Monday, September 20, 2021


Mr Keating in Dead Poets’ Society tells his students:
"We don't read and write poetry because it's cute. We read and write poetry because we are members of the human race, and the human race is filled with passion. Medicine, law, business, engineering, these are noble pursuits and necessary to sustain life. But poetry, beauty, romance, love, these are what we stay alive for."
In keeping with that sentiment, today’s Poetry Spot focuses on one aspect of limericks: Why that poetic form is so called.

Caution: there is a risque element, but is that not part of beauty, romance, love?

WS Baring-Gould offers an explanation as to the origin of the poetic limerick name in his wonderful book “The Lure of the Limerick”.

Baring-Gould relies upon Herbert Langford Reed as authority for one explanation:
  • The limerick form was originally sung, not recited.
  • In a group, each member would take it in turn to sing a limerick verse, which was then followed by a sung challenge from the group (or an audience):
        That was a very nice song,
        Sing us another one –
        Just like the other one –
        Sing us another one, do!
  • The connection with the town of Limerick is related to the Irish Brigade, an infantry brigade, consisting predominantly of Irish Americans, that served in the Union Army in the American Civil War. When veterans of the Irish Brigade returned to Limerick, they sang their verses at gatherings with a chorus after each verse of:
        Won’t you come up, come up,
        Won’t you come up, I say,
        Won’t you come up, come all the way up,
        Come all the way up to Limerick?
  • As a flow on, according to Reed, the format became known as a limerick.
  • Baring-Gould observes that Reed was so convinced that Limerick was the home of the limerick that he saluted the town by way of a limerick (of course):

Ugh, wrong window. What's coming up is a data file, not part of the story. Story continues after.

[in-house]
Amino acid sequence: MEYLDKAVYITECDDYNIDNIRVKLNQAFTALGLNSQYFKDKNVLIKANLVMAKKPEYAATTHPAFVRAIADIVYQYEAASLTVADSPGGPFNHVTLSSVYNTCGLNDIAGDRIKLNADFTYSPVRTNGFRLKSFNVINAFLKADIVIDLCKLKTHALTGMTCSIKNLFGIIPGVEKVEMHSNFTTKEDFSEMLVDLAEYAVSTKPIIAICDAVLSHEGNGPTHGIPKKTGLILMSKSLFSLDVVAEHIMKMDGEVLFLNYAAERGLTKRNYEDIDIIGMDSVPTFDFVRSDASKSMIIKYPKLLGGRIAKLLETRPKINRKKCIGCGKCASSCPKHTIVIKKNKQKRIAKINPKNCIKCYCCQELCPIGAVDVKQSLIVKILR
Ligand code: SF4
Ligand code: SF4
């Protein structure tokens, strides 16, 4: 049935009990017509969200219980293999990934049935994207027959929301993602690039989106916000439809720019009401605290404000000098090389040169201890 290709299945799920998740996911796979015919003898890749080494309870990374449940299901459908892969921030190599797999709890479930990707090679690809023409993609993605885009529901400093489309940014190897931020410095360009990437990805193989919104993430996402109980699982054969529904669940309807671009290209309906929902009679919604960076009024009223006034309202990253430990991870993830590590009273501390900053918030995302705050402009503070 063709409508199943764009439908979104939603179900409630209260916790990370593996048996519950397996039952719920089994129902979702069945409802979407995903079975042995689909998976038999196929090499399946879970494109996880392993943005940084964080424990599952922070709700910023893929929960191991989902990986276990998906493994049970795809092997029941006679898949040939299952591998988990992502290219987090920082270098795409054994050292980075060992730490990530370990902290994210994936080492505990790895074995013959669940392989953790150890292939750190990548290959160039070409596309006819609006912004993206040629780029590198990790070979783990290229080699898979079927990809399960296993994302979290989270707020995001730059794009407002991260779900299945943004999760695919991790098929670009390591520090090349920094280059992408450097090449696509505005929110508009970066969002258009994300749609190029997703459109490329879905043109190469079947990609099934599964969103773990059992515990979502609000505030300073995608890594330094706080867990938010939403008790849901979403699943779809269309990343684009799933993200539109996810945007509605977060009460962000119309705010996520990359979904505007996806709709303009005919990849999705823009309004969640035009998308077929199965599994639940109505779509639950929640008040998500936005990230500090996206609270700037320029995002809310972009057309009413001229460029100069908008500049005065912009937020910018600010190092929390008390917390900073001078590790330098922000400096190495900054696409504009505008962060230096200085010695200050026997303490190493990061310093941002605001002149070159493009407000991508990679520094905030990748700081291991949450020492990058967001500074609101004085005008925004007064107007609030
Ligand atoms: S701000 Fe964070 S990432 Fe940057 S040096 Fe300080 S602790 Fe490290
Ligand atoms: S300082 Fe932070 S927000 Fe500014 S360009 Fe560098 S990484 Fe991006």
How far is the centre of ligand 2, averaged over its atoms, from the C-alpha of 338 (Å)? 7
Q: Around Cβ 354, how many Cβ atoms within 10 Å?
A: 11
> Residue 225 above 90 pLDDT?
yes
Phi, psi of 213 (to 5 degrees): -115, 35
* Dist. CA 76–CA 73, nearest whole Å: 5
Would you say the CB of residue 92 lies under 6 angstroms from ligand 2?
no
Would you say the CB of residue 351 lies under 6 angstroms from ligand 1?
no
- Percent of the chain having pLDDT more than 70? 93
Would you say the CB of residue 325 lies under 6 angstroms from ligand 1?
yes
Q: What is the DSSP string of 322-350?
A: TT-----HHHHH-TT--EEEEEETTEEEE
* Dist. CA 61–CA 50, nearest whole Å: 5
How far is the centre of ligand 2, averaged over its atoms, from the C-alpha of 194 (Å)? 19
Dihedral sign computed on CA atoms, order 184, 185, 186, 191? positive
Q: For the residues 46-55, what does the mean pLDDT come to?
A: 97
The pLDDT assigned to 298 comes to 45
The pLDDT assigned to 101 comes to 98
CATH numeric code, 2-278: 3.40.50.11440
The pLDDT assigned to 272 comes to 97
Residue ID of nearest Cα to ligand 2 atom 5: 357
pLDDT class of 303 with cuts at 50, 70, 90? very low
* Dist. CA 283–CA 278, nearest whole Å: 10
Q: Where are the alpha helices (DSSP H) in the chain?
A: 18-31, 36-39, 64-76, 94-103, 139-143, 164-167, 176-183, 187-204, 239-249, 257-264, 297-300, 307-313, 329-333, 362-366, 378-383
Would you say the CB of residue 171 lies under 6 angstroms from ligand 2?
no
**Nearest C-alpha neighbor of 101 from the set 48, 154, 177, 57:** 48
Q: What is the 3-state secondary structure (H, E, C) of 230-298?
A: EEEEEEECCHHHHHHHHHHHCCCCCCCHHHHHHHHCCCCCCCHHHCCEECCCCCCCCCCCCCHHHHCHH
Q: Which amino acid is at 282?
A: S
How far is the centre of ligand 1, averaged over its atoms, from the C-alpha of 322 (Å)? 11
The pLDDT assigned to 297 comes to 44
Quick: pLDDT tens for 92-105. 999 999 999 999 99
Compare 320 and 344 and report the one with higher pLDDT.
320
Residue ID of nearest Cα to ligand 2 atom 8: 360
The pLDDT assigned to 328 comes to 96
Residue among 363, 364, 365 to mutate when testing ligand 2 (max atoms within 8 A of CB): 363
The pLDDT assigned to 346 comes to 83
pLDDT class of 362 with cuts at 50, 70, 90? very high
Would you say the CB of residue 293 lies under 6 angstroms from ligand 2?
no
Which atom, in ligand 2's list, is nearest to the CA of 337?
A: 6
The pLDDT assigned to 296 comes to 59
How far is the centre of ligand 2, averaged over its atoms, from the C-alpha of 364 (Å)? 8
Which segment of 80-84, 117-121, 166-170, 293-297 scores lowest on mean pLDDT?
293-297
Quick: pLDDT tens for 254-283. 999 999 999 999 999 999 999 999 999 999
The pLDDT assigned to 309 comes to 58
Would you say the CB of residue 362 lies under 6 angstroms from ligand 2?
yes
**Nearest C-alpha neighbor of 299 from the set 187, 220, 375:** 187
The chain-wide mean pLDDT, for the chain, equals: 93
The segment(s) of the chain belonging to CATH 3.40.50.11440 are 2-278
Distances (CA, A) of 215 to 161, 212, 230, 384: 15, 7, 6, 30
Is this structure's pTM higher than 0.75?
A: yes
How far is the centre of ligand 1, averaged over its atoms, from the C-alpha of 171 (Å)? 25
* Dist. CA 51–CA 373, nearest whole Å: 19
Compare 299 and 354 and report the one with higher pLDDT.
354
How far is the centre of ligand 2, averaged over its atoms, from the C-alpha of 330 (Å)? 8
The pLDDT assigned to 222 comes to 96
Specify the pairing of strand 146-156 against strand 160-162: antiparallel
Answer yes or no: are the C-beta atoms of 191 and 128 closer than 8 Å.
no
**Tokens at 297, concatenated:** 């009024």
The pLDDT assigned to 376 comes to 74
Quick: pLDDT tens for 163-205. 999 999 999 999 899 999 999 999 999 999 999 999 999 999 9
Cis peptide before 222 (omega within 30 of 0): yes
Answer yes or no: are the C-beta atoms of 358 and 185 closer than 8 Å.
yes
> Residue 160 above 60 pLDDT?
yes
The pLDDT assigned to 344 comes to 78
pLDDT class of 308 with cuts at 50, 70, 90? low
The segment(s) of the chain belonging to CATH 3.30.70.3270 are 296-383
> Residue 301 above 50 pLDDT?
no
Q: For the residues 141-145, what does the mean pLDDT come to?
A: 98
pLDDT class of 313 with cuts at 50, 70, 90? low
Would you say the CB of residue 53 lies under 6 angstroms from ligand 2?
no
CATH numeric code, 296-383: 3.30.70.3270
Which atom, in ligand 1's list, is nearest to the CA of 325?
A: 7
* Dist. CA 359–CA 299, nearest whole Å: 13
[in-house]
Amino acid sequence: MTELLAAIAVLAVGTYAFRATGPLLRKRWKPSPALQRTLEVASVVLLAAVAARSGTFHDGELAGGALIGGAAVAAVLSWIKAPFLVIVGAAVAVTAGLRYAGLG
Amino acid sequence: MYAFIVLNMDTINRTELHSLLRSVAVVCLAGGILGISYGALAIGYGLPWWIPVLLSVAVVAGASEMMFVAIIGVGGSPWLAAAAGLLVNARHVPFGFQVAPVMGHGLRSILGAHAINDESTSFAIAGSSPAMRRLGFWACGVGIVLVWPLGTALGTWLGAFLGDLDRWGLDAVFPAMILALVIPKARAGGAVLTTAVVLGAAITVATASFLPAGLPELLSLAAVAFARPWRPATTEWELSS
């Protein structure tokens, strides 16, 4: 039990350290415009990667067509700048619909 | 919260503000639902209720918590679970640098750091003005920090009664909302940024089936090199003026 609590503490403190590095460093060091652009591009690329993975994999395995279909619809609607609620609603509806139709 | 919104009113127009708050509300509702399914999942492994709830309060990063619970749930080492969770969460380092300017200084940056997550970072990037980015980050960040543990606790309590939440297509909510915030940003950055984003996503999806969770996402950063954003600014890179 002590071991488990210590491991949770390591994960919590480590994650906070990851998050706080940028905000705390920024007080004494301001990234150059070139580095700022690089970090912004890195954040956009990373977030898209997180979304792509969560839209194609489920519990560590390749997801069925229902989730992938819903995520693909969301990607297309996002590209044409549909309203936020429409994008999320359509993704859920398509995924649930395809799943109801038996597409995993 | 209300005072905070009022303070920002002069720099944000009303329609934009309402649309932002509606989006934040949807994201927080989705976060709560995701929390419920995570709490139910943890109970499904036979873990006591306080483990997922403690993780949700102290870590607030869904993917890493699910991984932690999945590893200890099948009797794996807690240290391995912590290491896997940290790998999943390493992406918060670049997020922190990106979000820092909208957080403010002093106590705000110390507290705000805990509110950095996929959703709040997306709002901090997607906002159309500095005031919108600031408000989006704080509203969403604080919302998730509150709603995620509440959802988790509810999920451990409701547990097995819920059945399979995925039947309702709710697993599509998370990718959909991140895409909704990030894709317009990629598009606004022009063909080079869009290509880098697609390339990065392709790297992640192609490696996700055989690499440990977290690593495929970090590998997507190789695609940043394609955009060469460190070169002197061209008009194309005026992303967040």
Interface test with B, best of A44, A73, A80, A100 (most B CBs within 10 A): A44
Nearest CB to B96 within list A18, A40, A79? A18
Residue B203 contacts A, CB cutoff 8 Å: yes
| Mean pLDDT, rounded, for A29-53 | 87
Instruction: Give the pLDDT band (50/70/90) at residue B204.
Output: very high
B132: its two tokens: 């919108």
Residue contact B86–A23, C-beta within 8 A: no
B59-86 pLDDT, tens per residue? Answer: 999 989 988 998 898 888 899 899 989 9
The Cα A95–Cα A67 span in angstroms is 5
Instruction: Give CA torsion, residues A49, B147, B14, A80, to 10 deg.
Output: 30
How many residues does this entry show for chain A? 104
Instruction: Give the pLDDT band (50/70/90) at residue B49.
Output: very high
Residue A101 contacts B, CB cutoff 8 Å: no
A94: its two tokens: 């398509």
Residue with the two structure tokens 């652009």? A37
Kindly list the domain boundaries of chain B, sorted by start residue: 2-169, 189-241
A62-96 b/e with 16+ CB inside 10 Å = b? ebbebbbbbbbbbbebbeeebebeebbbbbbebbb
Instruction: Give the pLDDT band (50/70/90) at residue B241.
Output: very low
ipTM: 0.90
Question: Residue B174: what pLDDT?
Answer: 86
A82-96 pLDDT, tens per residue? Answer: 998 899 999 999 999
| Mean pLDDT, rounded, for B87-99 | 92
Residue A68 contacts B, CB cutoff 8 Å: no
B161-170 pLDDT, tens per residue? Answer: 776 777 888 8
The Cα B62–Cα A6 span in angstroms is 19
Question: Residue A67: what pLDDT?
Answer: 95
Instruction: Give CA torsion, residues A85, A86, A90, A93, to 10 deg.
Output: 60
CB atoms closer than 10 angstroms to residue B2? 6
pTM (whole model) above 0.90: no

All hail to the town of Limerick
        Which provides a cognomen, generic,
        For a species pf verse
        Which, for better or worse,
        Is supported by laymen and cleric.

“Cognomen” means an extra personal name given to an ancient Roman citizen, functioning rather like a nickname and typically passed down from father to son.
        Not the pinnacle of limerick humour.
  • Baring-Gould comments that it has been said that the only English word for which there is no rhyme is the word “oblige”. He comments:
“All hail to Reed, nonetheless, for making no effort to avoid finding a rhyme for ‘limerick’.

Hail, too, to the anonymous author of:

There was a young farmer of Limerick
Who started one day to trim a rick.
The Fates gave a frown,
The rick tumbled down,
And killed him – I don’t know a grimmer trick.”

And to Elmo Calkins, who wrote:

Pray search this wide land with a glimmer stick,
For there must be some lad at his primer quick,
Who when pressed can supply
A lot better than I
An acceptable rhyme scheme for “limerick” 
I think we can do better, don’t you dear readers, even if we aren't lads at our primers.

Following is my contribution, send me yours . . .

There once was a lady from Limerick
Who said “Sex for me needs a trimmer wick,
I much prefer that
To a bologna style fat –
For me it’s best with a slimmer dick.”

As Mr Keating said, "M
edicine, law, business, engineering, these are noble pursuits and necessary to sustain life. But poetry, beauty, romance, love, these are what we stay alive for."

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